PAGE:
Today I review a book I’ve been reading in my local book club.
First, the official blurb:
All Lina wanted was to be desired. How did she end up in a marriage with two children and a husband who wouldn’t touch her?
All Maggie wanted was to be understood. How did she end up in a relationship with her teacher and then in court, a hated pariah in her small town?
All Sloane wanted was to be admired. How did she end up a sexual object of men, including her husband, who liked to watch her have sex with other men and women?
Three Women is a record of unmet needs, unspoken thoughts, disappointments, hopes and unrelenting obsessions.
At first this was a hugely eye-opening, addictive read that offered painfully blunt and honest insights into the mind of three women whose sex life is quite different from the norm. The book is utterly fascinating and despite some very explicit language and disturbing scenes almost un-put-down-able.
However, as the stories progressed I felt that it became repetitive and borderline gratuitous in the portrayal of these women in a way that they just confirmed the depth of the women’s obsession with looks, men, sex and eating. Many descriptions of sexual encounters were unnecessarily lengthy, time I feel could have been invested in a development of the characters and maybe showing them a way out of their demises.
The psychological insights, the thought patterns and connections with early child hood experiences to what might be called abnormal sexual behaviour were brilliant and addictive but after I finished the book I felt sad and wasn’t sure the author did more than spy on and use these women rather than help and encourage them.
Do I have more sympathy for them now that I have had a glimpse into their inner thoughts?
Certainly, although I would have sympathy for them before and what I learned was barely ground-breaking new.
Do I agree with them being victims (of mostly men)?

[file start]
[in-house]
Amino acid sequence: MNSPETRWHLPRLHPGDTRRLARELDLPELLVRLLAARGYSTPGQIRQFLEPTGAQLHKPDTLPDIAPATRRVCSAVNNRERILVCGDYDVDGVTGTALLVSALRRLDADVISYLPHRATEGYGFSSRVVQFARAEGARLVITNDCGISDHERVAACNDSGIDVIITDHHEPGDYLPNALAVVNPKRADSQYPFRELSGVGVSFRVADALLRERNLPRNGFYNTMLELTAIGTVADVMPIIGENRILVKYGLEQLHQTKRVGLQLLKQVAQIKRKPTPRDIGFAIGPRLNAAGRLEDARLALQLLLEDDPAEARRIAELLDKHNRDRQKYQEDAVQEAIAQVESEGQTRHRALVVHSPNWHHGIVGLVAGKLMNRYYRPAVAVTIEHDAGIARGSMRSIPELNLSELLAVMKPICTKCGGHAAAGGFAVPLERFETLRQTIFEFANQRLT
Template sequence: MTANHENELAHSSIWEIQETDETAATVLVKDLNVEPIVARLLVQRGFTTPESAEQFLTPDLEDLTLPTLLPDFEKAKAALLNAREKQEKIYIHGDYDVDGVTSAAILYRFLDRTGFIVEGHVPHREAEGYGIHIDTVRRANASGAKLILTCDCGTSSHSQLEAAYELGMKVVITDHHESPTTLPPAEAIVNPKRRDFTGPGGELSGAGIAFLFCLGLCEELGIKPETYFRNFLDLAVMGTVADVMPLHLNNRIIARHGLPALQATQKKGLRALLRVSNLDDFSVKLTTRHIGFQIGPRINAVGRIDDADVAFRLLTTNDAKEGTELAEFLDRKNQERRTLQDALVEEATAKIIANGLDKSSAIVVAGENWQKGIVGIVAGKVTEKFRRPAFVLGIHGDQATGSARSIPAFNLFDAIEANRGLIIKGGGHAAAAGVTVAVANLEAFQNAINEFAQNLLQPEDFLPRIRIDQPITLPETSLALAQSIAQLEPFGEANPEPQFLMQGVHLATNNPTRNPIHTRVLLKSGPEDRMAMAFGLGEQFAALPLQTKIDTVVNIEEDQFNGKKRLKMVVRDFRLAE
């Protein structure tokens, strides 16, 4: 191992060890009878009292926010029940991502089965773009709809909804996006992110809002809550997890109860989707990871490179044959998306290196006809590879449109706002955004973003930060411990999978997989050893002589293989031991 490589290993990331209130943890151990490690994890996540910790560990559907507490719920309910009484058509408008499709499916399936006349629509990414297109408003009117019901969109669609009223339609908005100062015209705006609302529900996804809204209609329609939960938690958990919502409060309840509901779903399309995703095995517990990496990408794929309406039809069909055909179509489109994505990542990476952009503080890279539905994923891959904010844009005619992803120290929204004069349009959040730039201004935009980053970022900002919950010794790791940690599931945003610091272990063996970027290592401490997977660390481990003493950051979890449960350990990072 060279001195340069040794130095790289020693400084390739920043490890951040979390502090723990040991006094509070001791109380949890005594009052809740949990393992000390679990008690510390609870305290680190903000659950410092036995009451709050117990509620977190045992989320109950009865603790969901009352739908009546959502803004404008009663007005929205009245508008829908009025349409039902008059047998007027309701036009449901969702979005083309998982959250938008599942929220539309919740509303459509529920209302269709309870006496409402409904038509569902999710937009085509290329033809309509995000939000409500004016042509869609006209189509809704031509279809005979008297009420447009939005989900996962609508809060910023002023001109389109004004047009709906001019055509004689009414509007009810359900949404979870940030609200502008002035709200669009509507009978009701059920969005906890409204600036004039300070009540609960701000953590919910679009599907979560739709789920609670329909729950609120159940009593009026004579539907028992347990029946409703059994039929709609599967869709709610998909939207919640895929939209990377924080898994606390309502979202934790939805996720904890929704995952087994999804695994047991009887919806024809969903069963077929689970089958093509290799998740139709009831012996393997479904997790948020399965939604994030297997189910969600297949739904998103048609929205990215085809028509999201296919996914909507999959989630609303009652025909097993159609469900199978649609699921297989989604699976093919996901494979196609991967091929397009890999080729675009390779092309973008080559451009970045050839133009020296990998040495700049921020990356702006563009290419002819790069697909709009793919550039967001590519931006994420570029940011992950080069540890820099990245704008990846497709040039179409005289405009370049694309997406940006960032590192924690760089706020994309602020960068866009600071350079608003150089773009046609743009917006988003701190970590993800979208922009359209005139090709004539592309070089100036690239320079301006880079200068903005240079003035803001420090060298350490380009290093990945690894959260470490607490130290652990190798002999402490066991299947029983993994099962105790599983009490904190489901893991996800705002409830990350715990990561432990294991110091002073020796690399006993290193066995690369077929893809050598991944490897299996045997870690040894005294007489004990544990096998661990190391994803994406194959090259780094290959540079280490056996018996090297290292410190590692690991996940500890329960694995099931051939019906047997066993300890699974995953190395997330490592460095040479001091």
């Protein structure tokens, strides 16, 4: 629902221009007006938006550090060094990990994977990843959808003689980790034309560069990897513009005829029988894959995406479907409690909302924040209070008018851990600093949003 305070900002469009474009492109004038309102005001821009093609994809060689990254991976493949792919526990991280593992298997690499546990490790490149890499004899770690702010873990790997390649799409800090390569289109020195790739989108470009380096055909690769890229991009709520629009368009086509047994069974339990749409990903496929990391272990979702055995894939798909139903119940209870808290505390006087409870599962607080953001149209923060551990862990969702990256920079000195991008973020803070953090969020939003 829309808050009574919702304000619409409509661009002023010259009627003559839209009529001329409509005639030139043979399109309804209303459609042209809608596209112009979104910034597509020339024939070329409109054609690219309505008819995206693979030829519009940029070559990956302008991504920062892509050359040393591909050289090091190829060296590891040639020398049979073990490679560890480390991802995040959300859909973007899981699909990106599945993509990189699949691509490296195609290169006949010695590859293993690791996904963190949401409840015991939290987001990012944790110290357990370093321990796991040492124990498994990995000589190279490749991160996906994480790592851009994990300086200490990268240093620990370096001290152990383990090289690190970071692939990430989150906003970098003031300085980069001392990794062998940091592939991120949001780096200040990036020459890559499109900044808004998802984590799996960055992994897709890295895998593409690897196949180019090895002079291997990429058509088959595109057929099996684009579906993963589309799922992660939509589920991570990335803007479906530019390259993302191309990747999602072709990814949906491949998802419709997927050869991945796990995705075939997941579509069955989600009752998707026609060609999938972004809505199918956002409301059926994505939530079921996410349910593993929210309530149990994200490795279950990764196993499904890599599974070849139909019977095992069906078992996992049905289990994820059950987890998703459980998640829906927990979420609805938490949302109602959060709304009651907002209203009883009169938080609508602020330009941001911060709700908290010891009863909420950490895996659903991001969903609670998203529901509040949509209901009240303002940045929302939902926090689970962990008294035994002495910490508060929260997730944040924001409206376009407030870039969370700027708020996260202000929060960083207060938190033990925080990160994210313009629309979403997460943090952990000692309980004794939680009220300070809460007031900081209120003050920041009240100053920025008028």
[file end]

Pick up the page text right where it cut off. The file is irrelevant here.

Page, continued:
To some extent yes, their lives were shaped by others, often at an age of innocence. But does that free them of accountability? I’m not so sure.
Do I know more about how to help these women, should I meet similar types in my life?
Unfortunately I’m not so sure about that either.
Would I recommend this book?
Yes and no. It’s powerful, informative and well written but many readers may be put off by the explicit sex and the raw and often uncomfortable scenes.
The book certainly provokes dialogue and raises awareness but there were opportunities lost for me. I may be wrong about this but there remains a sense of exploitation that I cannot shake off.
T.M. Charles-Edwards: Wales & the Britons 350-1064
immensely detailed and thorough study of seven centuries of British kingdoms
and their neighbours
easiest book to score, this is the first part of a history of Wales and, for
many people, it will be a specialist reference text. I got a huge amount from
it (hence the 5*) but that does not mean to say there are not difficult, highly
academic sections. It is also costly but will take you at least twice the time
it would to get through your average read. Furthermore, you don’t have to be
Welsh; there is everything here: the development of England, the kingdoms
before Scotland, Ireland’s influence on the western shores, the Isle of Man,
even the Hiberno-Norse.
chapters present a survey of ‘post-Roman’ Britain: from the Manaw border
between Gododdin and the Picts through Rheged, North Wales – where the
Voices of the Second World War: A Child’s Perspective by Sheila A Renshaw
Voices of the Second World War: A Child’s Perspective is a collection of firsthand accounts from people who experienced the Second World War from all over Europe: stretching from Russia to the Channel Islands, and Norway to Malta.
While some children appear to have been hardly aware of the war, for those who lived through bombing, occupation, deprivation, starvation and fear, the memories remain with them even today.
The accounts have been relayed according to their perspective at the time and the contributors were happy to share their experiences and memories, keen in the knowledge that they were being documented as personal chroniclers of one of the twentieth century’s most catastrophic events.
Sheila Renshaw grew up in an RAF family and the joined the WRAF after leaving school, later receiving a commission and marrying an RAF pilot. She travelled extensively with the services and brought up a family of two daughters.
She was inspired to write this book having talked to a neighbour who lived in the U.S.S.R. during the Second World War and who had never told her story to anyone before as she didn’t feel anyone would be interested. Amazed at what she’d heard, Sheila began to wonder how many other stories were out there waiting to be told…
Thanks to Rosie Croft of Pen & Sword for providing me a paperback copy of this book that I freely chose to review. (Note that it is also available in ebook format).
I have talked before about the importance of remembering the past, especially the experiences of individuals who never make it into official history books. The movement to record the memories of the everyday lives of anonymous people, including mass archives, has helped bring history closer to everybody and has also helped us understand what the war was like for the general population.